The Accidental Victim
by James Reston, Jr.
It seemed at first a notion both absurd and demeaning to the grandeur of its victim and its enduring tragic consequences -- the idea that President John F. Kennedy might have been only an unfortunate bystander at his own assassination. But that was what author/historian James Reston, Jr., proposed to his audience at last week’s audience from Friends of SMU Libraries. And he made a compelling case.
It’s not another conspiracy theory. Reston expressed dismay over a poll by the History Channel that found eighty-five percent of Americans favoring conspiracy in some form as a factor in President Kennedy’s death. There’s one part of the Warren Commission’s findings Reston’s willing to accept -- that apparent assassin Lee Harvey Oswald acted alone. After all, he asked, “what government or mobster would entrust so horrendous an act as presidential assassination to a volatile, unreliable character like Oswald?”
Instead, Reston believes that the true target of Oswald’s bullets was not the president, but the man riding with him as their convertible drove slowly through Dallas that sunny day in 1963 -- Texas Governor John Connally.
Who wouldn’t wonder, why Connally?
To a great extent, Reston said, because as former secretary of the Navy, Connally had given the “classic brush-off” to Oswald’s pathetic, almost illiterate letter asking for help overturning his downgraded discharge from the Marine Corps. The discharge that, in the view of the ninth-grade dropout that Oswald was, kept him from the employment he needed to support his wife and children.
Worse still, Connally’s perfunctory reply, more than a year after Oswald’s letter, arrived in “a campaign envelope, with John Connally for Governor emblazoned on the front, and Connally’s smiling face centered within a Texas star. . . Connally’s face became the face
of the U.S. government.”
The story isn’t complete without mention of the political infighting that put Connally in the same car with Kennedy, the overworked security team that took little notice of Oswald, the Kennedy vanity that sent a slow-moving convertible past the ex-Marine’s place of employment in the Texas School Book Depository, the rigid back brace that left Kennedy an upright, unmoving target as everyone else scrambled for cover following Oswald’s initial bullet.
At the height of the Cold War, how could the Warren Commission bear to label this anything but an act of political terrorism. A deed so horrible, so vast in its potential consequences surely deserves an antagonist grander than a lone emotional misfit -- although lone emotional misfit is the profile of the overwhelming majority of domestic assassins, terrorists and wannabes, from John Wilkes Booth through Squeaky Fromme to Nidal Hasan.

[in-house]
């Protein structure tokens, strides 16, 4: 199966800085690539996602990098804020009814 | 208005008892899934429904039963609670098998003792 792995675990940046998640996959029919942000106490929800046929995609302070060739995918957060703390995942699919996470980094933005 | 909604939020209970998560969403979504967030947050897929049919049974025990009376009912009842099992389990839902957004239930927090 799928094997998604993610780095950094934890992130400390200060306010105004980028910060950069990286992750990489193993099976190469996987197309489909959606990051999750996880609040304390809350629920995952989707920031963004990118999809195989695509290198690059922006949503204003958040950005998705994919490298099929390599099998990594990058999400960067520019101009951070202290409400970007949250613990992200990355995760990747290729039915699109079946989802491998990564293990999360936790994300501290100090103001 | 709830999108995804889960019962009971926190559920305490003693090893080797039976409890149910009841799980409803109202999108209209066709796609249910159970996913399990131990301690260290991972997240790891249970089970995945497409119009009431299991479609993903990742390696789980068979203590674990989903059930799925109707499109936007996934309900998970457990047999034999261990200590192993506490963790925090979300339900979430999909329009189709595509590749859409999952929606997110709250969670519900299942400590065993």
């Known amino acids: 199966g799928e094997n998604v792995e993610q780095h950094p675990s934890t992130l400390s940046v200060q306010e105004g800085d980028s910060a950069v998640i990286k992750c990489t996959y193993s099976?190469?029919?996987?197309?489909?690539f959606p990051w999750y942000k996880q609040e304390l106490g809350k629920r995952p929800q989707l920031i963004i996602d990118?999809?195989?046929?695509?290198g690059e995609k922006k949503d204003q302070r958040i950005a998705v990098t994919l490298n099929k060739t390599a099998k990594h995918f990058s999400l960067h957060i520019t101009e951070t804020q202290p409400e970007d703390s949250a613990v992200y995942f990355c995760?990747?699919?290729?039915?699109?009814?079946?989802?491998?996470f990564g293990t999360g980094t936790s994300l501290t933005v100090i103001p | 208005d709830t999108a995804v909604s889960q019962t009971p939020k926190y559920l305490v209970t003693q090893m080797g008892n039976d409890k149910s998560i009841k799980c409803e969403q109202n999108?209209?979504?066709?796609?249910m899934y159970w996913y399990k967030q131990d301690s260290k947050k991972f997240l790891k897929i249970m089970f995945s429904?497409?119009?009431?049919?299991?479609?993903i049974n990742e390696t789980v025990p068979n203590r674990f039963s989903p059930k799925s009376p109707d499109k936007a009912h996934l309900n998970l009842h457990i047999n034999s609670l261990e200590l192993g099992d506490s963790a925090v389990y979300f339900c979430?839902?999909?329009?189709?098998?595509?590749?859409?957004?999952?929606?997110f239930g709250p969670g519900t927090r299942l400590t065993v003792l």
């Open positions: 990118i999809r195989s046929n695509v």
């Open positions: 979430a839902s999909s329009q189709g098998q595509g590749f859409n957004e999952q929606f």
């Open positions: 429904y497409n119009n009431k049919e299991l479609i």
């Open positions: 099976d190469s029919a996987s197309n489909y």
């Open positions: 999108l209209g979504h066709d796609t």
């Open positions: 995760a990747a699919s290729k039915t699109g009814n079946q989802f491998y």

“My entry into the Lee Harvey Oswald story came through my own military service,” Reston said. It was through serving in the military, Reston said, that he understood both Oswald’s anguish over the downgrading of his discharge from the Marine Corps and the factors that really turn a person against his homeland.
One thing he learned to look for in recruiting foreign agents was “a strong emotional reason for doing something dangerous -- an obsession with a sense of belief of being wronged.”
“If my discharge changed from honorable to dishonorable, in a secret process. . . I would be distraught,” Reston. And so, he maintained, was Oswald.
Despite Oswald’s continued lip service to communism, the sense of wrong didn’t send him back to the Soviet Union, didn’t make his anger political rather than personal.
In an entry in Oswald’s diary, given in his original spelling, he wrote, “When I frist went to Russia in the winter of 1959 my funds were very limited. So after a certain time, after the Russians had assured thereselfs that I was really a naïve american who believed in communism, they arranged for me to recive a certain amount of money every month. . . It really was payment for my denudation of the U.S. I have never mentioned the fact of these monthly payments to anyone. I do so in order to stat that I shall never sell myself intentionally or unintentionally to anyone again.”
For more about Reston and his works, including The Accidental Victim, see